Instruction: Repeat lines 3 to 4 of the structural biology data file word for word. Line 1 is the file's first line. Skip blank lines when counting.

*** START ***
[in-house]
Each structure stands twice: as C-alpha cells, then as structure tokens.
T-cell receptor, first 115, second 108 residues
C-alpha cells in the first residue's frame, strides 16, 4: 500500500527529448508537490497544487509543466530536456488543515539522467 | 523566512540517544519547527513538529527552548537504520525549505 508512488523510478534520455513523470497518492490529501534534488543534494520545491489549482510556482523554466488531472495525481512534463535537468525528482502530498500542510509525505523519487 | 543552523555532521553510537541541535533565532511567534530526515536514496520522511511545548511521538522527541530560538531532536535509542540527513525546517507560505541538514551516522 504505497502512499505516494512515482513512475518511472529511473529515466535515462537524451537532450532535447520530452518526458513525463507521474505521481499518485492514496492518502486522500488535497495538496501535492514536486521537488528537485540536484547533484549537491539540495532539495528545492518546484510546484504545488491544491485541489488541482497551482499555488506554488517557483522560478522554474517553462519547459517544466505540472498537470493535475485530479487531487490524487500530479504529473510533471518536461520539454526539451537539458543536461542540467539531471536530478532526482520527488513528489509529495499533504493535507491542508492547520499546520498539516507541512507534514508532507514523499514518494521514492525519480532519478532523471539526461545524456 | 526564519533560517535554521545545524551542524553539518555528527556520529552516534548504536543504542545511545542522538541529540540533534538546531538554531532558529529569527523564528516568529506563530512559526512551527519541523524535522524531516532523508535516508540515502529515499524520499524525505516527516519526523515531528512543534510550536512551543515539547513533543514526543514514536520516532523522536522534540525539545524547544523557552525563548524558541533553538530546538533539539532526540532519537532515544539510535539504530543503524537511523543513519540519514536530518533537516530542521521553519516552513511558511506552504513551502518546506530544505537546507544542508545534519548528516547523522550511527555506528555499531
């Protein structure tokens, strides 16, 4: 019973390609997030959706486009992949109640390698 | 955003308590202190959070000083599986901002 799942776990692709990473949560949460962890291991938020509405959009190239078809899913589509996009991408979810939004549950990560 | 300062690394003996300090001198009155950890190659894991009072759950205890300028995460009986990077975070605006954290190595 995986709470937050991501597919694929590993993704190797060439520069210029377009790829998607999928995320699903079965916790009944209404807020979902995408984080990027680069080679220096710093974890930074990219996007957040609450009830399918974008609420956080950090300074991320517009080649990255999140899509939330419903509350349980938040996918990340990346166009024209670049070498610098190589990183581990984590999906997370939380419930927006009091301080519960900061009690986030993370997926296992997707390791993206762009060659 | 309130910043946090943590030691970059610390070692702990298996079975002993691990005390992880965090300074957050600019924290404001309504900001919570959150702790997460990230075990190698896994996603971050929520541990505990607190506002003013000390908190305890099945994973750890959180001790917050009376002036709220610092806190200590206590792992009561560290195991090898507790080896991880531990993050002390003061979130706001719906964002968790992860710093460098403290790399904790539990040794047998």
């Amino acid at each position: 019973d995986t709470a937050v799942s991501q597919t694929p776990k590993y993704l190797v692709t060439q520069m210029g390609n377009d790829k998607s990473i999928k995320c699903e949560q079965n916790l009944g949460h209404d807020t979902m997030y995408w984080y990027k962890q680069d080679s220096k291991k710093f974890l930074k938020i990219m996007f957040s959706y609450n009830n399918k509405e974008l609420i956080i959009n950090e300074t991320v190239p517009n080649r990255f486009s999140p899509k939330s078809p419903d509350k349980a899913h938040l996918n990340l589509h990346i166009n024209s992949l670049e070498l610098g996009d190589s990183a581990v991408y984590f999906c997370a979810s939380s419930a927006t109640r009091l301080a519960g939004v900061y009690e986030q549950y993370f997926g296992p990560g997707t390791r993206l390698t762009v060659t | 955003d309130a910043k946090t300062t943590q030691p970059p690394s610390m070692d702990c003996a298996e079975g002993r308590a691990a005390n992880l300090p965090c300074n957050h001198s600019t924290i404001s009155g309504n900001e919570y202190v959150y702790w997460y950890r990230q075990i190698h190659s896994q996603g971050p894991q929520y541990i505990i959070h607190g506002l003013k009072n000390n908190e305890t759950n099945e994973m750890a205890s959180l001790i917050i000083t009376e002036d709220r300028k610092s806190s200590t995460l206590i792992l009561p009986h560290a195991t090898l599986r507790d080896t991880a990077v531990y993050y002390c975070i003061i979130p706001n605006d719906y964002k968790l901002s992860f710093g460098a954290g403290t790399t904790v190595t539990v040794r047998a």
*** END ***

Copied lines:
T-cell receptor, first 115, second 108 residues
C-alpha cells in the first residue's frame, strides 16, 4: 500500500527529448508537490497544487509543466530536456488543515539522467 | 523566512540517544519547527513538529527552548537504520525549505 508512488523510478534520455513523470497518492490529501534534488543534494520545491489549482510556482523554466488531472495525481512534463535537468525528482502530498500542510509525505523519487 | 543552523555532521553510537541541535533565532511567534530526515536514496520522511511545548511521538522527541530560538531532536535509542540527513525546517507560505541538514551516522 504505497502512499505516494512515482513512475518511472529511473529515466535515462537524451537532450532535447520530452518526458513525463507521474505521481499518485492514496492518502486522500488535497495538496501535492514536486521537488528537485540536484547533484549537491539540495532539495528545492518546484510546484504545488491544491485541489488541482497551482499555488506554488517557483522560478522554474517553462519547459517544466505540472498537470493535475485530479487531487490524487500530479504529473510533471518536461520539454526539451537539458543536461542540467539531471536530478532526482520527488513528489509529495499533504493535507491542508492547520499546520498539516507541512507534514508532507514523499514518494521514492525519480532519478532523471539526461545524456 | 526564519533560517535554521545545524551542524553539518555528527556520529552516534548504536543504542545511545542522538541529540540533534538546531538554531532558529529569527523564528516568529506563530512559526512551527519541523524535522524531516532523508535516508540515502529515499524520499524525505516527516519526523515531528512543534510550536512551543515539547513533543514526543514514536520516532523522536522534540525539545524547544523557552525563548524558541533553538530546538533539539532526540532519537532515544539510535539504530543503524537511523543513519540519514536530518533537516530542521521553519516552513511558511506552504513551502518546506530544505537546507544542508545534519548528516547523522550511527555506528555499531